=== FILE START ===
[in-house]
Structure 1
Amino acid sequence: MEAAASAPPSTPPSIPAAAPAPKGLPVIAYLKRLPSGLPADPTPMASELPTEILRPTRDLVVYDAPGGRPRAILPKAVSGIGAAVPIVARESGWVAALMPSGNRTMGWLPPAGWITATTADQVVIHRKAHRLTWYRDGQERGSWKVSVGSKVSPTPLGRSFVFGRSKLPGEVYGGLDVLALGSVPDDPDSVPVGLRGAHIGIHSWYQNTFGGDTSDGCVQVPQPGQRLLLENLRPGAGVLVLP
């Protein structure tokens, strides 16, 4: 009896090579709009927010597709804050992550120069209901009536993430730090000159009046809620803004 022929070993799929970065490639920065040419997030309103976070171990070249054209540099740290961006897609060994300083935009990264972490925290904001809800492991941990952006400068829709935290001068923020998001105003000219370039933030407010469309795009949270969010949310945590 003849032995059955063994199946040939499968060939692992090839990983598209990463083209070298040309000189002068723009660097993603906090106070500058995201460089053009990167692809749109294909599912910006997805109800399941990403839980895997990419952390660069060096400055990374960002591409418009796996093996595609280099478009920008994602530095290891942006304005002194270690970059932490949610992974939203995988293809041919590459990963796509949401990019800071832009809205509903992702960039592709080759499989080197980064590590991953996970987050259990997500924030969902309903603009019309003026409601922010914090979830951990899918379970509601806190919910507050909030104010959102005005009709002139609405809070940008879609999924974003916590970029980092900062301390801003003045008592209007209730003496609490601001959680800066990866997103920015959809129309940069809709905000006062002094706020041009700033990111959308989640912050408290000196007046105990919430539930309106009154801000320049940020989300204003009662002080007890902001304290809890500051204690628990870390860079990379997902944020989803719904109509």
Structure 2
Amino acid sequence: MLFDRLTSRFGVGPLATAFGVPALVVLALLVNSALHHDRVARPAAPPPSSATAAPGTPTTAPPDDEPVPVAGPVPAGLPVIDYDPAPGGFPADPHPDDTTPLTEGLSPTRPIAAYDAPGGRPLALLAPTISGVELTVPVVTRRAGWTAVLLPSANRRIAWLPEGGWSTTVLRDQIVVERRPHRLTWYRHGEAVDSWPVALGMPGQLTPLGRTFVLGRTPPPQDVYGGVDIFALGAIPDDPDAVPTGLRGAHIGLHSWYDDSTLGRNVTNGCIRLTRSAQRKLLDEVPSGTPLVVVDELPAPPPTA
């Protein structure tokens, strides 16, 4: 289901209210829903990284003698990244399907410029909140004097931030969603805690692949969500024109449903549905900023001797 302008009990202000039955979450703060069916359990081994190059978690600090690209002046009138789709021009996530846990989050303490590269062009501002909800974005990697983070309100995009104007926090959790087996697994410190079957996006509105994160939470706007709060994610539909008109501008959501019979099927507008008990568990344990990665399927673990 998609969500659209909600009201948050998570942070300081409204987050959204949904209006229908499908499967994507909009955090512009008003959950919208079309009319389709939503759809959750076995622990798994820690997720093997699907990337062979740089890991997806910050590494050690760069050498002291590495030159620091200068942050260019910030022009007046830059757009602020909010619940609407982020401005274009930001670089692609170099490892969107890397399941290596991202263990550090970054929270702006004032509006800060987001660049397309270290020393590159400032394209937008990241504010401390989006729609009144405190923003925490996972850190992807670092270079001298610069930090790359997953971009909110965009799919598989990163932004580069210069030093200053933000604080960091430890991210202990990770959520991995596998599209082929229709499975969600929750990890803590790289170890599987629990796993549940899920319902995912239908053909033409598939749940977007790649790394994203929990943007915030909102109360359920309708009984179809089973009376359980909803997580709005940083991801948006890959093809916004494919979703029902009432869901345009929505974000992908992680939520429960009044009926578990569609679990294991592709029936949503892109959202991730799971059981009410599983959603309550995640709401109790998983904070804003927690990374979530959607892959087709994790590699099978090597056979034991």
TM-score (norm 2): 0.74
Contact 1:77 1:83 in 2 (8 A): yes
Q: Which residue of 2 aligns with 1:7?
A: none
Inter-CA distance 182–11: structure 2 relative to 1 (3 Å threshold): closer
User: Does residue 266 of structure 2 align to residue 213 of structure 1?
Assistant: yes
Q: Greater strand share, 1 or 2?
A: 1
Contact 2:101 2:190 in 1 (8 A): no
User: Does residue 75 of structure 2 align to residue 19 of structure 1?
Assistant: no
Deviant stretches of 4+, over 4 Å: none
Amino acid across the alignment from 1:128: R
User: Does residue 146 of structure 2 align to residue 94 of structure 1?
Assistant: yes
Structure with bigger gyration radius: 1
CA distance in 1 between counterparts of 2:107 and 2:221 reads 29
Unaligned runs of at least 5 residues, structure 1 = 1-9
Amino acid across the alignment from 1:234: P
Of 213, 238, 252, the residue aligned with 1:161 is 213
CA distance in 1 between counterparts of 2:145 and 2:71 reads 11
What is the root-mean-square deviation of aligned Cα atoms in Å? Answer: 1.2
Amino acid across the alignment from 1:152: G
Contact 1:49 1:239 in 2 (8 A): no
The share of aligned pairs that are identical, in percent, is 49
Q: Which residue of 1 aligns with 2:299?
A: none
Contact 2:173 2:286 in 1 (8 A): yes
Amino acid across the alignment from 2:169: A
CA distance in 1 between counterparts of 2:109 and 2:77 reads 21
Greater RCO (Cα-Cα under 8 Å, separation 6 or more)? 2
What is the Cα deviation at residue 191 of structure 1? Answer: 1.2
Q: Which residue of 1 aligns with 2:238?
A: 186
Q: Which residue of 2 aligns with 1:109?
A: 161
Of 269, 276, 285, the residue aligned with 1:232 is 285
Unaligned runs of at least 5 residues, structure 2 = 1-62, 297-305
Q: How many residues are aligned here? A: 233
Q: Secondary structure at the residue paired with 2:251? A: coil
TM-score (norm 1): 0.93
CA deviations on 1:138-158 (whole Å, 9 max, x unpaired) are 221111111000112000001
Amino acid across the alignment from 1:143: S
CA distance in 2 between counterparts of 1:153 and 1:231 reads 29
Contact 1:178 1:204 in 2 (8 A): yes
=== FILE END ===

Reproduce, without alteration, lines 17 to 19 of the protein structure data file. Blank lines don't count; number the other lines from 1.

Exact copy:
Contact 2:101 2:190 in 1 (8 A): no
User: Does residue 75 of structure 2 align to residue 19 of structure 1?
Assistant: no